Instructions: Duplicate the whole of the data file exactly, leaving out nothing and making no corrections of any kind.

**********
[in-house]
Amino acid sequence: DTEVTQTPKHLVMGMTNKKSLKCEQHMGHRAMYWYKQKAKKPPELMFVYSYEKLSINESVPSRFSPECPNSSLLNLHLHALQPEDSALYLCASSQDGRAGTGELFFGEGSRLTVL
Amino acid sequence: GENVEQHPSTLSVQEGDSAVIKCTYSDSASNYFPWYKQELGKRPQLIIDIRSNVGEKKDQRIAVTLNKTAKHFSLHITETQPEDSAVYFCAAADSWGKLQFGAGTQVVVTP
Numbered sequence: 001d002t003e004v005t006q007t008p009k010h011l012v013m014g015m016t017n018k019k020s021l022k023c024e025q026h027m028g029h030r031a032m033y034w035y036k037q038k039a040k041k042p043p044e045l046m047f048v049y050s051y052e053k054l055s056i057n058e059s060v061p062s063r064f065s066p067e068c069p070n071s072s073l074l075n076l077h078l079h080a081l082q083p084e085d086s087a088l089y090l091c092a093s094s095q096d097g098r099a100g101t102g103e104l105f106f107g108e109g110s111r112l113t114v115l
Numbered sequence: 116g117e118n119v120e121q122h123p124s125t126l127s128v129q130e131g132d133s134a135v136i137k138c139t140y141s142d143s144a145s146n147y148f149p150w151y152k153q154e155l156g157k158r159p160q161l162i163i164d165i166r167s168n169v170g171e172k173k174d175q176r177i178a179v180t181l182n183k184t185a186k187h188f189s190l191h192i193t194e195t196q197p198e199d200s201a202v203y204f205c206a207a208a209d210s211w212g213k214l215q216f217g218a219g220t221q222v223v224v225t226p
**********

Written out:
[in-house]
Amino acid sequence: DTEVTQTPKHLVMGMTNKKSLKCEQHMGHRAMYWYKQKAKKPPELMFVYSYEKLSINESVPSRFSPECPNSSLLNLHLHALQPEDSALYLCASSQDGRAGTGELFFGEGSRLTVL
Amino acid sequence: GENVEQHPSTLSVQEGDSAVIKCTYSDSASNYFPWYKQELGKRPQLIIDIRSNVGEKKDQRIAVTLNKTAKHFSLHITETQPEDSAVYFCAAADSWGKLQFGAGTQVVVTP
Numbered sequence: 001d002t003e004v005t006q007t008p009k010h011l012v013m014g015m016t017n018k019k020s021l022k023c024e025q026h027m028g029h030r031a032m033y034w035y036k037q038k039a040k041k042p043p044e045l046m047f048v049y050s051y052e053k054l055s056i057n058e059s060v061p062s063r064f065s066p067e068c069p070n071s072s073l074l075n076l077h078l079h080a081l082q083p084e085d086s087a088l089y090l091c092a093s094s095q096d097g098r099a100g101t102g103e104l105f106f107g108e109g110s111r112l113t114v115l
Numbered sequence: 116g117e118n119v120e121q122h123p124s125t126l127s128v129q130e131g132d133s134a135v136i137k138c139t140y141s142d143s144a145s146n147y148f149p150w151y152k153q154e155l156g157k158r159p160q161l162i163i164d165i166r167s168n169v170g171e172k173k174d175q176r177i178a179v180t181l182n183k184t185a186k187h188f189s190l191h192i193t194e195t196q197p198e199d200s201a202v203y204f205c206a207a208a209d210s211w212g213k214l215q216f217g218a219g220t221q222v223v224v225t226p